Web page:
- Check your windscreen wipers for any signs of wear and replace them if you need to. Squeaking, juddering and visual damage are all signs you need some fresh wiper blades.
- Make sure your tyres have sufficient tread. The Highway Code states that cars, light vans and light trailers must have a tread depth of 1.6mm. You should also check the tyre pressures. (The correct pressure levels will be in your car’s manual.) When you’ve checked the four tyres on the car wheels, check the spare too – just in case you need to use it.
Here are a few more things to consider before you set off
- Make sure your handbook/manual is in the car and handily placed. As well as telling you how to use your car’s comfort and safety features, manuals often contain troubleshooting tips that might come in handy during your journey.
- Check your oil. Make sure the car is parked on a level surface, then find the dipstick under the bonnet. Wipe the dipstick clean with an old cloth, then re-insert and remove it to check that the oil level is between the MIN and MAX markers. Whether or not you’re driving long distances, the RAC recommends checking your oil at least fortnightly
- Check your engine coolant and windscreen wash containers. Make sure that both are filled to the correct levels with the right mixture of water and antifreeze.
- Check your battery for any signs of corrosion – it shouldn’t have any at all. If your car is slow to start, the engine cranks slowly or takes some time to fire, your battery may need replacing.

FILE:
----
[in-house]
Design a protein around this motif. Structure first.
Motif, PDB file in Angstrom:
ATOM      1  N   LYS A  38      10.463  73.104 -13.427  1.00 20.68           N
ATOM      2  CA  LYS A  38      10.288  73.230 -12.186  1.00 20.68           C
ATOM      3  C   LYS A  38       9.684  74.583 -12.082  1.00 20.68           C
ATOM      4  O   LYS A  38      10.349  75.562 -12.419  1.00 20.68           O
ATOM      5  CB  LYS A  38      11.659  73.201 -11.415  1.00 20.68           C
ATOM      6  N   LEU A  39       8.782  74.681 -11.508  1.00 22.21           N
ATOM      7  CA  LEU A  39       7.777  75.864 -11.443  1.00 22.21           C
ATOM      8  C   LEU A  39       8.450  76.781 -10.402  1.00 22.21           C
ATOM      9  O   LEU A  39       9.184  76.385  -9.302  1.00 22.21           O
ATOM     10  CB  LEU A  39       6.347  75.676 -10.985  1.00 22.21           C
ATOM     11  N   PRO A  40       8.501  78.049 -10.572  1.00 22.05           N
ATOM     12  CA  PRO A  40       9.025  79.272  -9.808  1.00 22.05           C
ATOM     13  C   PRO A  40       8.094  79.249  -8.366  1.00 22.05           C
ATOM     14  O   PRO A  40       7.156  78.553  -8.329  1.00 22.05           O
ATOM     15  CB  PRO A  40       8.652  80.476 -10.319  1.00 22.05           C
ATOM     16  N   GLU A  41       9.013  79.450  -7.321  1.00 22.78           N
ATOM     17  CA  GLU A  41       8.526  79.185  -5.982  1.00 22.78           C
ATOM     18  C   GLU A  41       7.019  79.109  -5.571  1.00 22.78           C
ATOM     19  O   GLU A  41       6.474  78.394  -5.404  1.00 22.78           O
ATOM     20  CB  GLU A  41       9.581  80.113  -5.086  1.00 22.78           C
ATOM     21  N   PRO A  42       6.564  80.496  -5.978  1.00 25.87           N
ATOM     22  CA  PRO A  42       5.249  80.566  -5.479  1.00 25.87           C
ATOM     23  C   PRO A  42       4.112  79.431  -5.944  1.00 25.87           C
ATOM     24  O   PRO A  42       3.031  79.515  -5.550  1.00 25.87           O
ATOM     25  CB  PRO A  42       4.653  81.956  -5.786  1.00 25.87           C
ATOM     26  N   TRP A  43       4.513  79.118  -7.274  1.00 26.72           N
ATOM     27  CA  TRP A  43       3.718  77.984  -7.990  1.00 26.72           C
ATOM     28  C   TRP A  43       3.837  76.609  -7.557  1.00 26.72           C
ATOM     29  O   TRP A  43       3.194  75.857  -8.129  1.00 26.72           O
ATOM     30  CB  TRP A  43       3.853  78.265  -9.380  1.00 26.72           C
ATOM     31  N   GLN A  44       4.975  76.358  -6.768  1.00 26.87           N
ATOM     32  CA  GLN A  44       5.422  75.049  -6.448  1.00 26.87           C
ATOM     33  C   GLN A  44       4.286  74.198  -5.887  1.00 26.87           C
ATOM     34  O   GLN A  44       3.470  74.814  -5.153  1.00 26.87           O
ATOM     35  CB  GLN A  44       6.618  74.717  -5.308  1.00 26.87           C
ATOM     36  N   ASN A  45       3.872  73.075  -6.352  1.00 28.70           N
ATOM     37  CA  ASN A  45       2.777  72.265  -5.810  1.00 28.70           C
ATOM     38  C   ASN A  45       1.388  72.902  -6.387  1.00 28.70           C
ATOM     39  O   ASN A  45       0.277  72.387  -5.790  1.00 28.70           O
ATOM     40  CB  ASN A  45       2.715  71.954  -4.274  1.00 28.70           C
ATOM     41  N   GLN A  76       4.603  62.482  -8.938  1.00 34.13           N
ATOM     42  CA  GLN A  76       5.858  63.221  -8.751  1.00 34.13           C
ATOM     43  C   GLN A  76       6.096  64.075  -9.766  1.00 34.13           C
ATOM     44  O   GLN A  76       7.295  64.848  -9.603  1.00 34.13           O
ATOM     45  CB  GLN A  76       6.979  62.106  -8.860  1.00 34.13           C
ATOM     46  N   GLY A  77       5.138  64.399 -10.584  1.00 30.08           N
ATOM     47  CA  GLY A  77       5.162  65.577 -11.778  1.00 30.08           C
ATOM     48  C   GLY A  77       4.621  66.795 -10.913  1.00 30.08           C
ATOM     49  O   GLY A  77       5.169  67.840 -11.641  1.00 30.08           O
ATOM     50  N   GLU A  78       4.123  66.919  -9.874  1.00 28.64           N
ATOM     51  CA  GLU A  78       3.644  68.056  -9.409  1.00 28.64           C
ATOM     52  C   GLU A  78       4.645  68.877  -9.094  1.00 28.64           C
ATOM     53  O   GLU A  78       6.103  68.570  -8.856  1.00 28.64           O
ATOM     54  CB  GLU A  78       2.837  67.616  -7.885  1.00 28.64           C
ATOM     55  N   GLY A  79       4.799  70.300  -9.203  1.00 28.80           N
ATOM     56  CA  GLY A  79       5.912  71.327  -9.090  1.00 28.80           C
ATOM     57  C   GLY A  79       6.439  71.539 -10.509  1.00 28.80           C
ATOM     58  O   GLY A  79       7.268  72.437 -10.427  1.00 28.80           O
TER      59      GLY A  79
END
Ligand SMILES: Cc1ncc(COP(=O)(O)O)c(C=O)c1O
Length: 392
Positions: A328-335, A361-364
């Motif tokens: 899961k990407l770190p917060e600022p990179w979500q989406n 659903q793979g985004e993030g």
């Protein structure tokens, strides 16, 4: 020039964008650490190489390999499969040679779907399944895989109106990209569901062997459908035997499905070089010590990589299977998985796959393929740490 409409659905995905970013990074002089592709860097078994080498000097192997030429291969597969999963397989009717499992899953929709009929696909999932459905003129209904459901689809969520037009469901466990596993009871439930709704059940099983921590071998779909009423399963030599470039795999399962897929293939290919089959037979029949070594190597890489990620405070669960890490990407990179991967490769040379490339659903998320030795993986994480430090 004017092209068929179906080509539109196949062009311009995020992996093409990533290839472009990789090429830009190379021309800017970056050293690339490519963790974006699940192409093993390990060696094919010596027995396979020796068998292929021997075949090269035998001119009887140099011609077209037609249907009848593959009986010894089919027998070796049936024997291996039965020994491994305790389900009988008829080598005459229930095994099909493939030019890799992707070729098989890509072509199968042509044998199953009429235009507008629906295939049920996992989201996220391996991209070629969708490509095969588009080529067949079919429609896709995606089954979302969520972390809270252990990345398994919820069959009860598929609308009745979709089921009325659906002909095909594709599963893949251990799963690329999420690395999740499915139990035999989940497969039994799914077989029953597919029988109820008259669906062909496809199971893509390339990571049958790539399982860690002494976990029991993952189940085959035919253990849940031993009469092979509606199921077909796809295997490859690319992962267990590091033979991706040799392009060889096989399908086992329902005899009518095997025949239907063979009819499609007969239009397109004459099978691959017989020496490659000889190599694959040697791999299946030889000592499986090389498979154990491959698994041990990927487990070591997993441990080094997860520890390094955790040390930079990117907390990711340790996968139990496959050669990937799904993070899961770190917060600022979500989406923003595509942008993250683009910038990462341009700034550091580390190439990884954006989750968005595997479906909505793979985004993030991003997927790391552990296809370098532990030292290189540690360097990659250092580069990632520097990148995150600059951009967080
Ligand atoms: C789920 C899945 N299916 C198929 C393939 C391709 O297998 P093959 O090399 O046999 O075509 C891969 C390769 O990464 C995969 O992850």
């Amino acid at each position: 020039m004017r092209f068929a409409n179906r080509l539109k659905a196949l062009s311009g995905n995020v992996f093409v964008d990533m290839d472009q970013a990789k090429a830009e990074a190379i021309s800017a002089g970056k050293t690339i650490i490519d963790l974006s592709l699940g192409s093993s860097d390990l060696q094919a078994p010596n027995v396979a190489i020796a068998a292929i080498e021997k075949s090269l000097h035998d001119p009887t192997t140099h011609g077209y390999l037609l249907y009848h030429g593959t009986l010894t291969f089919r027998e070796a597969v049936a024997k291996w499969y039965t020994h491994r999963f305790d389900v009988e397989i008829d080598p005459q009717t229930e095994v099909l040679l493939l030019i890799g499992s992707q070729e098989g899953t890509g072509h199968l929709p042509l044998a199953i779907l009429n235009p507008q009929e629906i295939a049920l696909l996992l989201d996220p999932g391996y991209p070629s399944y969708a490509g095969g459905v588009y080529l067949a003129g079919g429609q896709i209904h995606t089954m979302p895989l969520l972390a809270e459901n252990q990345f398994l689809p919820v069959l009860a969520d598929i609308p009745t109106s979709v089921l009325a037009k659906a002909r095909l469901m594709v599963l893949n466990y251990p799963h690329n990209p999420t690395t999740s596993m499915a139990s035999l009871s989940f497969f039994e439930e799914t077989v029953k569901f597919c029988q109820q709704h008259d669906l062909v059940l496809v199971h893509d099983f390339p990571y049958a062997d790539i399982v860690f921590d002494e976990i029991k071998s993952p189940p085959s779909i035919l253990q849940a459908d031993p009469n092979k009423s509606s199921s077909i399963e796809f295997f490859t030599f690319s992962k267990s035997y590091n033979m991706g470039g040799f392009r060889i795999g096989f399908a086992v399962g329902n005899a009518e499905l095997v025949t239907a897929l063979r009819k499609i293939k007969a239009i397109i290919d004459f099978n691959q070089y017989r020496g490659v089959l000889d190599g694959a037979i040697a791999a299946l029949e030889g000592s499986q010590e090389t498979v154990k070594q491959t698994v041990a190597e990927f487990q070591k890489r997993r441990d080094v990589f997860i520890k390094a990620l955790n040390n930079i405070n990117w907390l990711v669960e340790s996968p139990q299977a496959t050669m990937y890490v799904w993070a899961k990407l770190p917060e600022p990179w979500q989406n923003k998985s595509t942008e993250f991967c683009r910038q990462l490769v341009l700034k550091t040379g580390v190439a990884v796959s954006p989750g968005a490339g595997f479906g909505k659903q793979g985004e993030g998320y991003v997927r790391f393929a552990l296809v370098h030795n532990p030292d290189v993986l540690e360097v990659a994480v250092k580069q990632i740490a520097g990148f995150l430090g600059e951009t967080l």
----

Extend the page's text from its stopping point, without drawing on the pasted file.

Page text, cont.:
- Make sure all your lights work as they should, and that they’re clean. Ask a friend or family member to stand behind the car while you test the brake lights, reverse lights and rear indicators.
Pack extras for safety and comfort
Having these things to hand will make it easier, safer and less stressful if you break down on a long journey.
- If you’re travelling at night or during cold weather, have some spare warm clothes on board. A raincoat and pair of wellies could also come in useful.
- A torch. Being able to see in the dark is a big help if your car experiences issues. Make sure the batteries are fresh and take some spares just in case.
- If you do break down, a high-visibility vest or jacket and hazard triangle will make you and your car visible to other road users.
- Pack some extra food and drink for the journey. They’ll keep you going if you run into delays or detours.
What to pack if you’re driving abroad
If you’re planning to drive on the continent, there are some things that you need to carry with you that are not compulsory in the UK. Failure to have them in your vehicle could land you with a heavy fine.
In France and Belgium you must carry a reflective jacket, which should be stored somewhere you can access it quickly and easily. You must also carry a hazard triangle and, if you’re in France or Monaco, an unused breathalyser device.
In Spain and Italy, the rules on jackets and warning triangles are similar to France and Belgium. In addition, you’re required to carry snow chains if you’re driving in Italy between October and April.
In Spain, a spare wheel is mandatory, and if you wear glasses, you’re required to carry a spare pair with you.
Don’t forget breakdown cover
Whatever else you take with you, vehicle breakdown cover is a real road-trip essential. It can be arranged quickly and easily, and most providers can extend your cover for trips to Europe. We make comparing the types and cost of breakdown cover really simple. Find out what you need to know about comparing breakdown cover.